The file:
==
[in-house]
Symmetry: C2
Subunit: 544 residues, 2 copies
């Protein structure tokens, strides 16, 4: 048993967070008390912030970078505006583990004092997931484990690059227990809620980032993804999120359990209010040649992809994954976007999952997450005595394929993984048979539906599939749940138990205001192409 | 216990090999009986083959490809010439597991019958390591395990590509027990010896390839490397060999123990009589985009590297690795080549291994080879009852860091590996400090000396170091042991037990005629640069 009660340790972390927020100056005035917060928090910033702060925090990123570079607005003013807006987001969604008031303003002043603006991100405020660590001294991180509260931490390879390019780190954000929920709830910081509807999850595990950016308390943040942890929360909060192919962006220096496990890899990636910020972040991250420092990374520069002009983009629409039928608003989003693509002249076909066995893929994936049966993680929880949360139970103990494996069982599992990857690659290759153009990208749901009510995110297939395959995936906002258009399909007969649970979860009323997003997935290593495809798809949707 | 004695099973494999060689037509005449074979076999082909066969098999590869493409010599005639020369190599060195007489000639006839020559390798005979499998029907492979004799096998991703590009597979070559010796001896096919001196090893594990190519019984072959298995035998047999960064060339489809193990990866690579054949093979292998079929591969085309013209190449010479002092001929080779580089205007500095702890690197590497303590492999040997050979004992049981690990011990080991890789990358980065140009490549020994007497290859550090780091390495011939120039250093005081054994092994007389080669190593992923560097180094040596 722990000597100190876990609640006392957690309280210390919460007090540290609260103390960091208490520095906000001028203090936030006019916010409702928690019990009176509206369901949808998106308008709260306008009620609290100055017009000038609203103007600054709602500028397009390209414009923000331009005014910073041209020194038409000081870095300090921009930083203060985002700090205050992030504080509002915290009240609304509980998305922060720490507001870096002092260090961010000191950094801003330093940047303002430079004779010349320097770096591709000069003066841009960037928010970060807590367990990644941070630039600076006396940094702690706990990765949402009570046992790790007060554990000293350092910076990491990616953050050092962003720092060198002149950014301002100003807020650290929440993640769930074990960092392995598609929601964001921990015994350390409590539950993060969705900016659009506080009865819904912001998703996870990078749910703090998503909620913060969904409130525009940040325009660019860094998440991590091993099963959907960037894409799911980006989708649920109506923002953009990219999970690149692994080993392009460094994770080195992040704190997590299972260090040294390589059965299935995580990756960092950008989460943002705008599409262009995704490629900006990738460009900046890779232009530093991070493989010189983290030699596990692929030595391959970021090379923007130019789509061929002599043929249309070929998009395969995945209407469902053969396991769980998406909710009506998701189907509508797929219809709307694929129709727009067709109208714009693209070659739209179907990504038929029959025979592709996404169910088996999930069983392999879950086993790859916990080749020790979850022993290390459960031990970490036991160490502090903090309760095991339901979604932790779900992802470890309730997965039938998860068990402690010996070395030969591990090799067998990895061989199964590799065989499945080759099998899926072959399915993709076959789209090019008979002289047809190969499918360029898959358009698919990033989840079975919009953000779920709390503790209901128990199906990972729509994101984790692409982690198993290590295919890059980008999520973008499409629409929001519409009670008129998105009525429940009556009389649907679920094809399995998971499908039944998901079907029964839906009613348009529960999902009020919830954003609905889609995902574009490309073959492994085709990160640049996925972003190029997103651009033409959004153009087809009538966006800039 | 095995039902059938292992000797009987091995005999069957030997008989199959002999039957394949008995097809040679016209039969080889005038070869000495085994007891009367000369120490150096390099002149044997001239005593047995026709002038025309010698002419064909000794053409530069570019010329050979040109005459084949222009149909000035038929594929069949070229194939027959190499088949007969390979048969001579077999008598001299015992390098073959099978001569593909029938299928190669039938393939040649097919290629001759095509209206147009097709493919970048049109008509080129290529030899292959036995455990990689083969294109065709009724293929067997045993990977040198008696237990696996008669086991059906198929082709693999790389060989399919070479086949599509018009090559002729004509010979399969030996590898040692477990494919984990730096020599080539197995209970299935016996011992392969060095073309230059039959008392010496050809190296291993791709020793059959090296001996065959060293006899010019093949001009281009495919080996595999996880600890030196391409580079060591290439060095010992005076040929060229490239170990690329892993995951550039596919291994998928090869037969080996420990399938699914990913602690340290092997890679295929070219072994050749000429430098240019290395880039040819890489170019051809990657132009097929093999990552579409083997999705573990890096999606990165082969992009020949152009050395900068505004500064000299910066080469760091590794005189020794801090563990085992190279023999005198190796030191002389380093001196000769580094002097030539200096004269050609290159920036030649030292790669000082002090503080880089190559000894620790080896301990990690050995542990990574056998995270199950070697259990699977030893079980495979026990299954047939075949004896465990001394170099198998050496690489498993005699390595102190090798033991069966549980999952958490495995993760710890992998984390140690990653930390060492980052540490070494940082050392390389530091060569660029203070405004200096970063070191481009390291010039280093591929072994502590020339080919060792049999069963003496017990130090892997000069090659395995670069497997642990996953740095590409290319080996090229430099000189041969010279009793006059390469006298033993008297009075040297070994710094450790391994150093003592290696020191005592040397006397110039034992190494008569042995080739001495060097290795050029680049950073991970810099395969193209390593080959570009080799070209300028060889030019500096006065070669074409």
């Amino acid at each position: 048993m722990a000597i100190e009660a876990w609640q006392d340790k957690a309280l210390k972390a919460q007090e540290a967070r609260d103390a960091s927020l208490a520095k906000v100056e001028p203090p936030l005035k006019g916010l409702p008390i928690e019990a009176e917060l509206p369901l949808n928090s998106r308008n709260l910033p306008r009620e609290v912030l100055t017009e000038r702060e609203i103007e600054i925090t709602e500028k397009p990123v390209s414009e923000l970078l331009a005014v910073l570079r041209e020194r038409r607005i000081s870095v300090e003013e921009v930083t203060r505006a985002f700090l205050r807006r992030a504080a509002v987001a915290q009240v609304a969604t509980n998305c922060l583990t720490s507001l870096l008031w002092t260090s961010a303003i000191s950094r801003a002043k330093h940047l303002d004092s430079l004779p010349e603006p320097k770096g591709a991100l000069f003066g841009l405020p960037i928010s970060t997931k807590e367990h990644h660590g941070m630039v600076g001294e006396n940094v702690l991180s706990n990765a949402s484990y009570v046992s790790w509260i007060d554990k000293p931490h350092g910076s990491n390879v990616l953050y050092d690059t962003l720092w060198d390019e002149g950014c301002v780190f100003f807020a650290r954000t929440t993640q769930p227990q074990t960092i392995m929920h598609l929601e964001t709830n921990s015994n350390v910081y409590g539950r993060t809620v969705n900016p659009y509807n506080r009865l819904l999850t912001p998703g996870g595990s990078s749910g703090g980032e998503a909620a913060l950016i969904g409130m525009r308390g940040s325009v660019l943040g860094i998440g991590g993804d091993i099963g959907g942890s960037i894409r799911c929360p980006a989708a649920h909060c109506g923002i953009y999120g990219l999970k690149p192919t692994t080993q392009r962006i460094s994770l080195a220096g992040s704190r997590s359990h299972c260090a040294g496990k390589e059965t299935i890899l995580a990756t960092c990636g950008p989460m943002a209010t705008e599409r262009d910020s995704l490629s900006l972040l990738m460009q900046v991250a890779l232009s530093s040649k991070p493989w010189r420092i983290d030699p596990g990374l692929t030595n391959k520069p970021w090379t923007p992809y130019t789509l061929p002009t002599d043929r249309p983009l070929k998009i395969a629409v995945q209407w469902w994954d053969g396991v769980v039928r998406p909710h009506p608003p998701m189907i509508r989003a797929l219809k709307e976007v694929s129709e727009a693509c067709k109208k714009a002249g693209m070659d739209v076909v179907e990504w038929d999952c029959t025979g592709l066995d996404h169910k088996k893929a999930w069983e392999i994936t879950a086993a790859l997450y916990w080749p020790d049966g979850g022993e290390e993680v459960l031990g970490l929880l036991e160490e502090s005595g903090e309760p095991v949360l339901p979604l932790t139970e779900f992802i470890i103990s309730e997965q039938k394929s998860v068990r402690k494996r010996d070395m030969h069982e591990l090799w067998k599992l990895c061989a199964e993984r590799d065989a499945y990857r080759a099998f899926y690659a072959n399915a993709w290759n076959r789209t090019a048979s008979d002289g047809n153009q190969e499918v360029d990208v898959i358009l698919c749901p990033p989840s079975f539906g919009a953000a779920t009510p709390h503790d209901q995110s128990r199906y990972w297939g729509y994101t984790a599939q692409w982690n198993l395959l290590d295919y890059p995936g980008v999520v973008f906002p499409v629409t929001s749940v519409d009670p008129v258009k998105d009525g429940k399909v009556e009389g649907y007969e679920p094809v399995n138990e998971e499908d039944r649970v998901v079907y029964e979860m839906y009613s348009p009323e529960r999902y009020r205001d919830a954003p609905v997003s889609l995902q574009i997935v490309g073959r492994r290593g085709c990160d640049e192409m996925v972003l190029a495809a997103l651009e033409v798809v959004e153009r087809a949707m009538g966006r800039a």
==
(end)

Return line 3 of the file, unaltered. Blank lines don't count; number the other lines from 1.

Subunit: 544 residues, 2 copies